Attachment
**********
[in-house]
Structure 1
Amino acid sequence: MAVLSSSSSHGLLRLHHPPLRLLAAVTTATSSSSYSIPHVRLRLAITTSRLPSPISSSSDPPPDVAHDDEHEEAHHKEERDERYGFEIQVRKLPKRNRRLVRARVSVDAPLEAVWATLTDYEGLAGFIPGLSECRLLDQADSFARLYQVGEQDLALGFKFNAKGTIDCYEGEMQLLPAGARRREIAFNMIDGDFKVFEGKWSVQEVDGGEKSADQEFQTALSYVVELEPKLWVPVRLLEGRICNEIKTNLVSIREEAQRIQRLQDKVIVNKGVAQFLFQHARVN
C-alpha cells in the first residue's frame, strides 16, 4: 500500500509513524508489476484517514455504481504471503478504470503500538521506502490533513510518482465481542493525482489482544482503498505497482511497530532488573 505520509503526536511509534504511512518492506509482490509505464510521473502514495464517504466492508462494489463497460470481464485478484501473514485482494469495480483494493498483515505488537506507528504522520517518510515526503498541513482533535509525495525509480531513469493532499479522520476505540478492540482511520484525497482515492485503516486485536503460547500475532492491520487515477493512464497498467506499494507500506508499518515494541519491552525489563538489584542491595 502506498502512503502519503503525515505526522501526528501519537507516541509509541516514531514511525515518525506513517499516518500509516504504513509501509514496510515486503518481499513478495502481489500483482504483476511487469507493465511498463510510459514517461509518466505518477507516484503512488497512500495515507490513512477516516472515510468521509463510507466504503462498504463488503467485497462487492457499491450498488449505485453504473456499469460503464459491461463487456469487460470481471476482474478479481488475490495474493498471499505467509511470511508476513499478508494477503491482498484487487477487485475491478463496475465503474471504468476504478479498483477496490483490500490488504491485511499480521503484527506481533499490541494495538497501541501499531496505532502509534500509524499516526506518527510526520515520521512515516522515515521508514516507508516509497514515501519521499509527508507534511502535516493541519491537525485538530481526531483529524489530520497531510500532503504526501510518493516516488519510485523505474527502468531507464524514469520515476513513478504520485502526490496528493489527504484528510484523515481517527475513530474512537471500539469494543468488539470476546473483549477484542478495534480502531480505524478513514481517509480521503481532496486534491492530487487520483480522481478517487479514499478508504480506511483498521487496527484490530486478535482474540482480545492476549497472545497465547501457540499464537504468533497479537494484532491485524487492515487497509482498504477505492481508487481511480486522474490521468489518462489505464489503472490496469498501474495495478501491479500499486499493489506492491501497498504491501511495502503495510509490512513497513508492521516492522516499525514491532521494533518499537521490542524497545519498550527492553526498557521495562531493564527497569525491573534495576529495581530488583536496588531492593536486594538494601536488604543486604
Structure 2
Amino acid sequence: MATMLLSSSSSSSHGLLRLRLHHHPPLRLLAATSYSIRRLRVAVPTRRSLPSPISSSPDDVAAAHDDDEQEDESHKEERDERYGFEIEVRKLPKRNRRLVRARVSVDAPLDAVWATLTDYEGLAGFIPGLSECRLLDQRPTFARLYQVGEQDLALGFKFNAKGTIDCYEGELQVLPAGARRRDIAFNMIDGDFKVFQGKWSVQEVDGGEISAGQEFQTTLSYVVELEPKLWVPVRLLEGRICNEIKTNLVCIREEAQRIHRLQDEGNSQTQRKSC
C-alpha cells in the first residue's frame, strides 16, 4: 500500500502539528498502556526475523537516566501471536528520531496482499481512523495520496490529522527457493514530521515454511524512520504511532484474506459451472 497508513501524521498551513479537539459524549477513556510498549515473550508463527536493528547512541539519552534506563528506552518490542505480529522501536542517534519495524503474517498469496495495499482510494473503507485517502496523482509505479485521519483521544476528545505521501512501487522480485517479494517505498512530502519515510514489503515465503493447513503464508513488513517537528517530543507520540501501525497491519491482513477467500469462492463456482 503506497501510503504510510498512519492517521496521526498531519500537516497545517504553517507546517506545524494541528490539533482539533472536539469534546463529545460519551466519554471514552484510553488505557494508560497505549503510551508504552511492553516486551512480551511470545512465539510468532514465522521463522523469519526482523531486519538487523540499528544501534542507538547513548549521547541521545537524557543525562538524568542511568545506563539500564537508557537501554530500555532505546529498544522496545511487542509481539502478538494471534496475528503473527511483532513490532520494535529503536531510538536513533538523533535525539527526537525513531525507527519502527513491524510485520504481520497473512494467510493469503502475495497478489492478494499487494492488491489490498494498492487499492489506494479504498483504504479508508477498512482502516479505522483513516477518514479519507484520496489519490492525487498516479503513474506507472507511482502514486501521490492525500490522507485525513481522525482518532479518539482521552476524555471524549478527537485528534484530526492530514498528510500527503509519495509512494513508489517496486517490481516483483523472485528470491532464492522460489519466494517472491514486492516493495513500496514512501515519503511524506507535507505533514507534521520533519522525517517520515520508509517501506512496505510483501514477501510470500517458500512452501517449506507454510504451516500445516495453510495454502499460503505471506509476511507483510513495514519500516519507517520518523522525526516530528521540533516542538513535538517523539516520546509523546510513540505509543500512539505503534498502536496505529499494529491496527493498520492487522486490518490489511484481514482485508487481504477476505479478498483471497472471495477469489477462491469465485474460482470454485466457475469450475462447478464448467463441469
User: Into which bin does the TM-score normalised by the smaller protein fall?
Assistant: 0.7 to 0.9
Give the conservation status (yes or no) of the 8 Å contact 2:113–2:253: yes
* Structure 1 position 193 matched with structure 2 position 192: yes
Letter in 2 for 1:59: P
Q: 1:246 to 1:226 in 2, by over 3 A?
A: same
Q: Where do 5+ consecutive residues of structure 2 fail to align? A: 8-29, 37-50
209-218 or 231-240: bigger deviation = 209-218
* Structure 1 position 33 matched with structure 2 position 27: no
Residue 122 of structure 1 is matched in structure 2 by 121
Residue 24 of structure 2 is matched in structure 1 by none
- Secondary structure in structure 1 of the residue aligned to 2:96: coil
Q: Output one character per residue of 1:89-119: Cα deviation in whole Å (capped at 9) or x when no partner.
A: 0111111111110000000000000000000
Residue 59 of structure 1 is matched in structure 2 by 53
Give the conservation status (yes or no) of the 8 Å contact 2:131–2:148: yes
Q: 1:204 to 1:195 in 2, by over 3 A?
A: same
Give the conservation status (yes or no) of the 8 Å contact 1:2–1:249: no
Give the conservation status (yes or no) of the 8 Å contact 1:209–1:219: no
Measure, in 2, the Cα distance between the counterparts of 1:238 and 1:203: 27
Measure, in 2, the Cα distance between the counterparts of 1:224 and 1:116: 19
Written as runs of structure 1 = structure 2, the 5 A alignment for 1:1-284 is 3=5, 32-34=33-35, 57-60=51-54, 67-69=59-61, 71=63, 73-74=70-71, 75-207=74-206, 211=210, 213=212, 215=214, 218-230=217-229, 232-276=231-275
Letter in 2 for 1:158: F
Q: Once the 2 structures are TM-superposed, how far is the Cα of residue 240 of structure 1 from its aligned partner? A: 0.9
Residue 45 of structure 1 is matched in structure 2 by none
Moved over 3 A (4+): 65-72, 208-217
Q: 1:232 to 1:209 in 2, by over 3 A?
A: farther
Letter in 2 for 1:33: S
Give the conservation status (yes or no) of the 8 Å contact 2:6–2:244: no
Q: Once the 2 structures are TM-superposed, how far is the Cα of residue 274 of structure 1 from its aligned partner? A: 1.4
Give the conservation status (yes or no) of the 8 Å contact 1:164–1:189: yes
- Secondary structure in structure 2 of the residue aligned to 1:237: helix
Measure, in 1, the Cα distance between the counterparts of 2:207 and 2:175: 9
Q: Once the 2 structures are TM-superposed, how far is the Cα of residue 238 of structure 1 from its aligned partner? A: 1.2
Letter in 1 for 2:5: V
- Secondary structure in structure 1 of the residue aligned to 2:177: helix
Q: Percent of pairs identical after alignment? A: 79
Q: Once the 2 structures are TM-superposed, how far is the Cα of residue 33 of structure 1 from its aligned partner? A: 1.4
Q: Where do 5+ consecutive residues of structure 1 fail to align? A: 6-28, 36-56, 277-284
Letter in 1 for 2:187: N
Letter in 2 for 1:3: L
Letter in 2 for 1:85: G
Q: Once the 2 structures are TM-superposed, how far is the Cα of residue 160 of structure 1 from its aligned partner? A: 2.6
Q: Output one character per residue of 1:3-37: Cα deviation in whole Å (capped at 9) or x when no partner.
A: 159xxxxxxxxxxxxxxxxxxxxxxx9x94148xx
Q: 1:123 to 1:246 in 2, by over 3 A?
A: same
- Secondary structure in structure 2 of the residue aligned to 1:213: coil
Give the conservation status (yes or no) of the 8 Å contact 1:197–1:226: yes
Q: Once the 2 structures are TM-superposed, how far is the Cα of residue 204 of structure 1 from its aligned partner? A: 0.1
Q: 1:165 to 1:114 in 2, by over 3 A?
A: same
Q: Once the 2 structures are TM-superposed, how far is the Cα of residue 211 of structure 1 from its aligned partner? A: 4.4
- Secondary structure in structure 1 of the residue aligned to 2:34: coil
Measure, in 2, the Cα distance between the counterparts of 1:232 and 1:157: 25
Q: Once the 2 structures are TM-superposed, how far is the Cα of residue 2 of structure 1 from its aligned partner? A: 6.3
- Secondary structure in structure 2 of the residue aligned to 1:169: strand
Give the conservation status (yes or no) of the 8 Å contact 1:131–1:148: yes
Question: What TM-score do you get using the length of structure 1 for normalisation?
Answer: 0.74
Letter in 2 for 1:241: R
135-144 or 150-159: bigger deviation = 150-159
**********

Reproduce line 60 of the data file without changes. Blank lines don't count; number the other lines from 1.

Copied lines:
Q: Once the 2 structures are TM-superposed, how far is the Cα of residue 204 of structure 1 from its aligned partner? A: 0.1